Joe Hight’s Unnecessary Sorrow: A Journalist Investigates the Life and Death of His Older Brother Ordained, Discarded, Slain by Police is timely and compelling. A journalism professor in the University of Central Oklahoma’s Mass Communications Department, Hight is Pulitzer Prize-winning journalist, who contributed to the series, Other Than Honorable about soldiers dealing with PTSD and traumatic brain injuries who were denied their benefits.
Unnecessary Sorrow is a powerful account of the fatal police shooting of Joe Hight’s brother, Paul Hight, a former Catholic priest who was diagnosed with paranoid schizophrenia. But the book is much, much more.
Paul Hight was born on the Oklahoma prairie in 1942 and was shot to death in 2000 by an Oklahoma City policeman. He was Joe’s hero. The notes Paul left behind are especially moving. For instance, he wrote, “I missed my true vocation which was to help people.”
Their parents, Wilber and Pauline, were devoted Catholics who lost a daughter to drowning. The father was a Marine combat veteran. As dad and mom, they nurtured with “industriousness” and the “can-do way of those who had suffered and survived the Dust Bowl, the Great Depression, and World War II.”
Paul was an ideal candidate for the priesthood during the progressive 1960s Vatican II movement. He joined a number of Oklahoma priests who questioned dogma on contraception, civil rights and social justice. Paul “developed an easygoing homily style,” played his guitar at services for the young and elderly, and was extremely generous in giving his own money to the poor.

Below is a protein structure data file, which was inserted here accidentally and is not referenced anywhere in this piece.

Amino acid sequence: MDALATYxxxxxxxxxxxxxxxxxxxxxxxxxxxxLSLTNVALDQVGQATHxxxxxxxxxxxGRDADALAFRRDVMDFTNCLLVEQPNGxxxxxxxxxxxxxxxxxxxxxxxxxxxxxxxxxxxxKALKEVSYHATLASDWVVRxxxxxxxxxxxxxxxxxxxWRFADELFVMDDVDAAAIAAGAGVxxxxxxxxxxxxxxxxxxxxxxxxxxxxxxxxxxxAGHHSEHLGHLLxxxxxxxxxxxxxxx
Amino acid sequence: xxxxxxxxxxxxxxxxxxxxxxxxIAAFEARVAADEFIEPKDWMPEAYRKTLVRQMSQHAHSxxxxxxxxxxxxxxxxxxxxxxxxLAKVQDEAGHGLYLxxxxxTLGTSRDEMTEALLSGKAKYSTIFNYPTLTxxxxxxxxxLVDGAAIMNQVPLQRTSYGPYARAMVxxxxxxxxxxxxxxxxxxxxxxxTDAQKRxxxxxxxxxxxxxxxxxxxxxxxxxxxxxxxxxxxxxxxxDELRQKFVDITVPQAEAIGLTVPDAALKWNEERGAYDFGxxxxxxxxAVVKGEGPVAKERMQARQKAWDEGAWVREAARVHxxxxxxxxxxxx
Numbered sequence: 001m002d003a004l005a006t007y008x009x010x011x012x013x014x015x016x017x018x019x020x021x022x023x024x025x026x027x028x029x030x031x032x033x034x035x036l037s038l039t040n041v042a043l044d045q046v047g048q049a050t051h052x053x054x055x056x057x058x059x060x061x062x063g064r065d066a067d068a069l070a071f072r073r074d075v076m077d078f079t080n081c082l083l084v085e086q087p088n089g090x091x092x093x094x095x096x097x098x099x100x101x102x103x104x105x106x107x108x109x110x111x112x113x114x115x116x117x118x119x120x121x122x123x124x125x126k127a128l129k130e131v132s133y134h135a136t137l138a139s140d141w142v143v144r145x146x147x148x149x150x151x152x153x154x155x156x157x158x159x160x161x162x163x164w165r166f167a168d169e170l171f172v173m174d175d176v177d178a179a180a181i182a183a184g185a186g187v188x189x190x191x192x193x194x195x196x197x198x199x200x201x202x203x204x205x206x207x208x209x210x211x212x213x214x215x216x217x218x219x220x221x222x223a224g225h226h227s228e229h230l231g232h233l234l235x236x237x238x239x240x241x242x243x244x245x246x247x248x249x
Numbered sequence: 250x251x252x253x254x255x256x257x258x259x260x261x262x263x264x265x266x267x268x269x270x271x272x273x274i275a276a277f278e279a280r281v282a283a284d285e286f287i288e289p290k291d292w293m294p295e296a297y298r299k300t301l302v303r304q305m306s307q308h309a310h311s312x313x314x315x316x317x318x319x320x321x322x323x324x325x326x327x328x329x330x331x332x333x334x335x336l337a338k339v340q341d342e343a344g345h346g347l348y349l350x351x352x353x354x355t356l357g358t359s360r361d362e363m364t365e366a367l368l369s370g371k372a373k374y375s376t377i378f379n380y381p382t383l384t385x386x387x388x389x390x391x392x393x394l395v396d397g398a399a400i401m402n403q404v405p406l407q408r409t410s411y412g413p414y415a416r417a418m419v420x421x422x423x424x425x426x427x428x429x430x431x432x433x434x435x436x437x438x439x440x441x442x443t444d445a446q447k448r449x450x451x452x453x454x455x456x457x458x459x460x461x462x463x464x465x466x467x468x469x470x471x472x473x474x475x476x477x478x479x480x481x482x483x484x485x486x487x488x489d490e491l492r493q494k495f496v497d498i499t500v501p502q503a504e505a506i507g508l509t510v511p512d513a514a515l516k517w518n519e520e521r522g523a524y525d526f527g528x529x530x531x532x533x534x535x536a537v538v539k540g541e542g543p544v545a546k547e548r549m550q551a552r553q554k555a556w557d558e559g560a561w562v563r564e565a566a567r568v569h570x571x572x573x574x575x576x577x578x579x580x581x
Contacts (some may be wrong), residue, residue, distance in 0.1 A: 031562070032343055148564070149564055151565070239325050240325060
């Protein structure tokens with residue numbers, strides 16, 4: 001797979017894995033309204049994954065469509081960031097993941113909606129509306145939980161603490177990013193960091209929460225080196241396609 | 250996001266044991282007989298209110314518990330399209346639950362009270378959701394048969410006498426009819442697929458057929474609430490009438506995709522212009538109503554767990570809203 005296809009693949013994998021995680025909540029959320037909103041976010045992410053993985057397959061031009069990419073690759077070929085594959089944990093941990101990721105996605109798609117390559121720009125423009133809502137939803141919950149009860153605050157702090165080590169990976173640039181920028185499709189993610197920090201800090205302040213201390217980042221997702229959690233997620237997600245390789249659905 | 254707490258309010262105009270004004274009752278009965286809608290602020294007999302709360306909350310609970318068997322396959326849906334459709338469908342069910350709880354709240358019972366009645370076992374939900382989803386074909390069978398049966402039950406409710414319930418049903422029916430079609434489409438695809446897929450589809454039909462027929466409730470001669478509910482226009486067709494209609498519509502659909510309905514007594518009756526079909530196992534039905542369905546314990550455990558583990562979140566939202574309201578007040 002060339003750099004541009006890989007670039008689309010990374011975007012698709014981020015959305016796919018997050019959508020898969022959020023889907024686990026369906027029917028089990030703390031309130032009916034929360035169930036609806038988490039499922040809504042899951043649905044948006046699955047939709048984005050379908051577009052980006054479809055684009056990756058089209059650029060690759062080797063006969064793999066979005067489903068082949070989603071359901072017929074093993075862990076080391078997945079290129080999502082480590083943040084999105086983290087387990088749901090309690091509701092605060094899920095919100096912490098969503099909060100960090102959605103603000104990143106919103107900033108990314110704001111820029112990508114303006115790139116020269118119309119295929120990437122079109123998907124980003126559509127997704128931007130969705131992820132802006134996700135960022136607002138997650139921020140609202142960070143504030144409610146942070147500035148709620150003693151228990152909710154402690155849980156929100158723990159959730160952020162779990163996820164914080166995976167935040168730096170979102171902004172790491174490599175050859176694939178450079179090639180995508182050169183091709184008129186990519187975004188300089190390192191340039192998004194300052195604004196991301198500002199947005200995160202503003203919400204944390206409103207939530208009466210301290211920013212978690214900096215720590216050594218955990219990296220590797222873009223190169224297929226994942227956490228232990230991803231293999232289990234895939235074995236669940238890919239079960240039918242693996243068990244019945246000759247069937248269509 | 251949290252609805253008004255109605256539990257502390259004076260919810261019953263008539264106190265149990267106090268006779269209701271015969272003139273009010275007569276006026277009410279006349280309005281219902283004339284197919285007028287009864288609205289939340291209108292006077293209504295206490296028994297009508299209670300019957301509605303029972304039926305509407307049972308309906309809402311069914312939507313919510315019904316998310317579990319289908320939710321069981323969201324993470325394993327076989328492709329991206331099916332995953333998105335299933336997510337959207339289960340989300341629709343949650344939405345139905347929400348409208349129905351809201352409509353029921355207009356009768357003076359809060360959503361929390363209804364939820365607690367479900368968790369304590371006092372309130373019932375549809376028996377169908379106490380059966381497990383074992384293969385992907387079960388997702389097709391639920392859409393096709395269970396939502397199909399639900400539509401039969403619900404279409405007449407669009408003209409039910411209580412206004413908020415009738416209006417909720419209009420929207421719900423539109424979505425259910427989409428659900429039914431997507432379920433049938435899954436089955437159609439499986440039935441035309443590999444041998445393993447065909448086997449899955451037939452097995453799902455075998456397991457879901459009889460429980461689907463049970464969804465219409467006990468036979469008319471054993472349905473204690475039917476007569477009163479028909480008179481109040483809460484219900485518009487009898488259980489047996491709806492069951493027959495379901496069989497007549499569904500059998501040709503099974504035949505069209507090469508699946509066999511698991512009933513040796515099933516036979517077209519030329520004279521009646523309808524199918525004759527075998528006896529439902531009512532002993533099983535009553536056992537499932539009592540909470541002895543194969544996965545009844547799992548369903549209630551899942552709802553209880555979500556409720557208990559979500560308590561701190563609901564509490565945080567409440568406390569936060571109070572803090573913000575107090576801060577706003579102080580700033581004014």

From the priest’s collar to a blue collar
Unnecessary Sorrow first recalls the individuals and Catholic institutions which supported Paul when he developed mental illness. But it also recounts the ways where the church fell short of its duty. He was “laitized” or removed from the priesthood in 1975. Paul returned to Guthrie, “not as a seminarian or the perfect priest,” working a blue-collar job for the Department of Transportation.
The treatment for Paul’s schizophrenia was illustrative of our flawed approach to mental illness. The system’s inability to ensure timely and regular medication refills for outpatients like Paul was a serious problem. One inadequate response was giving monthly injections, without the oral treatments that should have supplemented them.
Paul was repeatedly sent to Central State Griffin Memorial Hospital, Norman; Eastern State Hospital, Vinita; and other institutions. At times, he lived in “conditions more akin to those depicted in the 1975 Film One Flew Over the Cuckoo’s Nest.” According to Hight, a common saying was, “If you are not crazy when you enter Griffin, you’re crazy when you come out.”
Paul Hight’s experiences inside Oklahoma mental institutions occurred around the time when deinstitutionalization was deemed a failure. The population of the “Norman insane asylum” peaked in the 1950s at around 3,600, and declined to about 300 in the 1970s. Patients were supposed to receive support at community centers. But those services were undermined by Reagan era policies, increasing homelessness and creating what the New York Times called, “a cruel embarrassment, a reform gone terribly wrong.”